The New Rules of Innovation
In a new book, author Vijay Vaitheeswaran argues that innovation will occur differently than in the past. We need to harness the power of democratizing Internet technologies, he says.
What's the Latest Development?
In a new book, author Vijay Vaitheeswaran argues that the rules of innovation have changed and that we need to consider bottom-up solutions to the world's top-down problems. It is essential to empower citizens to change the world directly, which is currently happening in the third world through advances in mobile communications and micro-credit, rather than rely on cumbersome government projects. Developed economies, which are struggling to maintain their middle class, must adapt their educational systems to the new knowledge-based economy.
What's the Big Idea?
Instead of acting as though 'greed is good', we need to use 'greed for good', says Vaitheeswaran. We need a new kind of capitalism that rewards businesses who create the largest social value by innovating solutions to the world's problems, rather than Wall Street's style of capitalism which consumes massive resources without producing many social benefits. And rather than choose winners by funding specific companies, government should level the playing field for all competitors by investing in government and academic R & D.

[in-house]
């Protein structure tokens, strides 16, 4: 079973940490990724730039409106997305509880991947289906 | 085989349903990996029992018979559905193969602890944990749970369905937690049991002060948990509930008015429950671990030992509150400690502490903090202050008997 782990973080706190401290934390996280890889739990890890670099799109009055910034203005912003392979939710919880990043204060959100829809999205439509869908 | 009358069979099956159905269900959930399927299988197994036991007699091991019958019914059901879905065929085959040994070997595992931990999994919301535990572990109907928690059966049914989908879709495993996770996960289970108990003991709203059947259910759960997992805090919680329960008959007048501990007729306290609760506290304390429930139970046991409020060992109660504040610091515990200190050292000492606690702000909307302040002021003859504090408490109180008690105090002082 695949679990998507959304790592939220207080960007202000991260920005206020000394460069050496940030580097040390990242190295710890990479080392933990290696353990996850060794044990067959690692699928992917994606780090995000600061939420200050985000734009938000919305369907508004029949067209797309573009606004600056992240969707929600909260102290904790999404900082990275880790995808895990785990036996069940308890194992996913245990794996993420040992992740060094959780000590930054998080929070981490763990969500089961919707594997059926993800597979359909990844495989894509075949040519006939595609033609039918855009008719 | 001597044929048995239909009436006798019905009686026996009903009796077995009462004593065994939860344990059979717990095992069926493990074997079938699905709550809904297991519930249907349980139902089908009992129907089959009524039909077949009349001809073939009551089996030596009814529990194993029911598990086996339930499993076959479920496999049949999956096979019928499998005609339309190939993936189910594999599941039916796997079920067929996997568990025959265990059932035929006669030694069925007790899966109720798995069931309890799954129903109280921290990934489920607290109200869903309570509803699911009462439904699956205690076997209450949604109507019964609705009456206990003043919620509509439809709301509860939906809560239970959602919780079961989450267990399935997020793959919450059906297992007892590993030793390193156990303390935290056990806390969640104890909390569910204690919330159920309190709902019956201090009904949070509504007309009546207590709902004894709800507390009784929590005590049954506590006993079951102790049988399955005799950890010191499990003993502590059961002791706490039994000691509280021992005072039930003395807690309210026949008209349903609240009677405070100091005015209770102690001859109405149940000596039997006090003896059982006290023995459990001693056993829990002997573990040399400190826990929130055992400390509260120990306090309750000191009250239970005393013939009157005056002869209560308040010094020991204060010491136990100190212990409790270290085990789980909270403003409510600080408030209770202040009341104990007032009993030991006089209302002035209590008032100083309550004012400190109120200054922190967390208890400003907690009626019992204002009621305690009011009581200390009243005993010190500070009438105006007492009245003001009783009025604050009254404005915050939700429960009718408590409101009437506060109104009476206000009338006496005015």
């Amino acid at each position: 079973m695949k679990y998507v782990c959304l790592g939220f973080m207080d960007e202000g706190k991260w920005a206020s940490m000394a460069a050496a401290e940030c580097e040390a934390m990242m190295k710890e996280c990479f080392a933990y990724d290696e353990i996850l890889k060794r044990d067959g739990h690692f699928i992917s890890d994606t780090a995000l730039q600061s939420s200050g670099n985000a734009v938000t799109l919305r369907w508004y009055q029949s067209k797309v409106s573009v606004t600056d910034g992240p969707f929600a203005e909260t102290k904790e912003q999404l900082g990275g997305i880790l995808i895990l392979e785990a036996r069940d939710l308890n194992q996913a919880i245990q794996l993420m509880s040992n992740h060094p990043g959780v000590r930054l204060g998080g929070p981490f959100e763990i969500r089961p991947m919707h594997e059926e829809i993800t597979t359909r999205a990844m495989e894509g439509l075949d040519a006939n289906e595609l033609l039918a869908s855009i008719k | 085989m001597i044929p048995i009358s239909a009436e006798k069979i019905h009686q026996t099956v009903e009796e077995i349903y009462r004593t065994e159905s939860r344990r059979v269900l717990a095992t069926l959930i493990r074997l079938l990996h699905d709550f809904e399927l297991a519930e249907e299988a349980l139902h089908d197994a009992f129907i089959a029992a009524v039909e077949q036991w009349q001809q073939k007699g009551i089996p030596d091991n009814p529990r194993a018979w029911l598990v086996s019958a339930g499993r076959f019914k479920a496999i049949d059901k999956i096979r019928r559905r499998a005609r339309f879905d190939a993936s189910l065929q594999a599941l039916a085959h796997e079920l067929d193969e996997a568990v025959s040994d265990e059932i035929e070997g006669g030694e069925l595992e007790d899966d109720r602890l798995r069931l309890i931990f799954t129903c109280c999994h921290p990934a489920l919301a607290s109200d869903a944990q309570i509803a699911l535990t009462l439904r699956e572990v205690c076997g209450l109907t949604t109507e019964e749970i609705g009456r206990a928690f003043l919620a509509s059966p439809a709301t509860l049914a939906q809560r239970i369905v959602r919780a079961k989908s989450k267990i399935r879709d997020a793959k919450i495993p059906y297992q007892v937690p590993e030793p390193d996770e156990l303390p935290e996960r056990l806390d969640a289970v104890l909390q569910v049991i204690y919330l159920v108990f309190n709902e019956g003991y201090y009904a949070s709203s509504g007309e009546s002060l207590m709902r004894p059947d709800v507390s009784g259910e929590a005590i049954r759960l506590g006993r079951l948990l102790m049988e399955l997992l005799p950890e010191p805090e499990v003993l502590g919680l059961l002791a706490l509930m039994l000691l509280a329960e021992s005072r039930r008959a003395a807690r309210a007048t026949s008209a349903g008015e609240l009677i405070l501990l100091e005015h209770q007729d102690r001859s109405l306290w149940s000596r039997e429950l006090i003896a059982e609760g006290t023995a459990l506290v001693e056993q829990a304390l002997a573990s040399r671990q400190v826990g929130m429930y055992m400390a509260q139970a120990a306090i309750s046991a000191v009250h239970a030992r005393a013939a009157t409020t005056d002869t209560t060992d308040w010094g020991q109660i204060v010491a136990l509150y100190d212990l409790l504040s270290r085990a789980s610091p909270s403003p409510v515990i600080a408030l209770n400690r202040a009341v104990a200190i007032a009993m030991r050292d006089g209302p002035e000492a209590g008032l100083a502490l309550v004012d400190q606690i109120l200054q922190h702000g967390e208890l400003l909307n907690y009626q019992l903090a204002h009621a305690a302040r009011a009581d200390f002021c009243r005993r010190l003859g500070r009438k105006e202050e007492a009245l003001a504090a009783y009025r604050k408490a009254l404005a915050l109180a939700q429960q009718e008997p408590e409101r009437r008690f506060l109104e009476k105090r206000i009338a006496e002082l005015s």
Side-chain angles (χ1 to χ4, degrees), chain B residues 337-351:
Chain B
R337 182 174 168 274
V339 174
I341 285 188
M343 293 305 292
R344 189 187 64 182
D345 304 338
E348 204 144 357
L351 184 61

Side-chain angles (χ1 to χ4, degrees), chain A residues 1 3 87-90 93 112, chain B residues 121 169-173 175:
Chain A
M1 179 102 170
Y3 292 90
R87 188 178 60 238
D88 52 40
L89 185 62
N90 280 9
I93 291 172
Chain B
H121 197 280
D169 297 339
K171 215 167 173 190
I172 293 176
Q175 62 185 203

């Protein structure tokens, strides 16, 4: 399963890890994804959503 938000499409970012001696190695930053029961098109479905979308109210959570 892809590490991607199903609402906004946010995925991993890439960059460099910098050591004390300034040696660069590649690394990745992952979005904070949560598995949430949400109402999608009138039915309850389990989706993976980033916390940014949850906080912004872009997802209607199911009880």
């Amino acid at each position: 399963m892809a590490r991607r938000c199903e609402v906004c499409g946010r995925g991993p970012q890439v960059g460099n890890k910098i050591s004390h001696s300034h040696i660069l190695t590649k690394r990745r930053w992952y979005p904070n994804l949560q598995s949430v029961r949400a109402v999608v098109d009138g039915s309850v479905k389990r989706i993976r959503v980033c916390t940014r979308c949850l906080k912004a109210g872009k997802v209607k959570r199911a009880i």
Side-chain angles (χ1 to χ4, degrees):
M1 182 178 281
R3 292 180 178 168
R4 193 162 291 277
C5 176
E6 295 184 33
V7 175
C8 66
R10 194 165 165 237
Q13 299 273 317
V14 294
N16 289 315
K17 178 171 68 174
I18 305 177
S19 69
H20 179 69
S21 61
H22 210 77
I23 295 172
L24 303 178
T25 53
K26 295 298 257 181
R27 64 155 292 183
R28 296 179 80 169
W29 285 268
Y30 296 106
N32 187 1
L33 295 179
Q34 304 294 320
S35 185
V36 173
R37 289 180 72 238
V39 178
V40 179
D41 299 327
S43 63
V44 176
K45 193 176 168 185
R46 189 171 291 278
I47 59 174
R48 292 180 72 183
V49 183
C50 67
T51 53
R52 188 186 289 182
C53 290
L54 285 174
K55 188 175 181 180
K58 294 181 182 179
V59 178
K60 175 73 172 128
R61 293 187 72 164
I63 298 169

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Is it "perverseness," the "death drive," or something else?
A disturbing interview given by a KGB defector in 1984 describes America of today and outlines four stages of mass brainwashing used by the KGB.
- Bezmenov described this process as "a great brainwashing" which has four basic stages.
- The first stage is called "demoralization" which takes from 15 to 20 years to achieve.
- According to the former KGB agent, that is the minimum number of years it takes to re-educate one generation of students that is normally exposed to the ideology of its country.
It's up to us humans to re-humanize our world. An economy that prioritizes growth and profits over humanity has led to digital platforms that "strip the topsoil" of human behavior, whole industries, and the planet, giving less and less back. And only we can save us.
- It's an all-hands-on-deck moment in the arc of civilization.
- Everyone has a choice: Do you want to try to earn enough money to insulate yourself from the world you're creating— or do you want to make the world a place you don't have to insulate yourself from?
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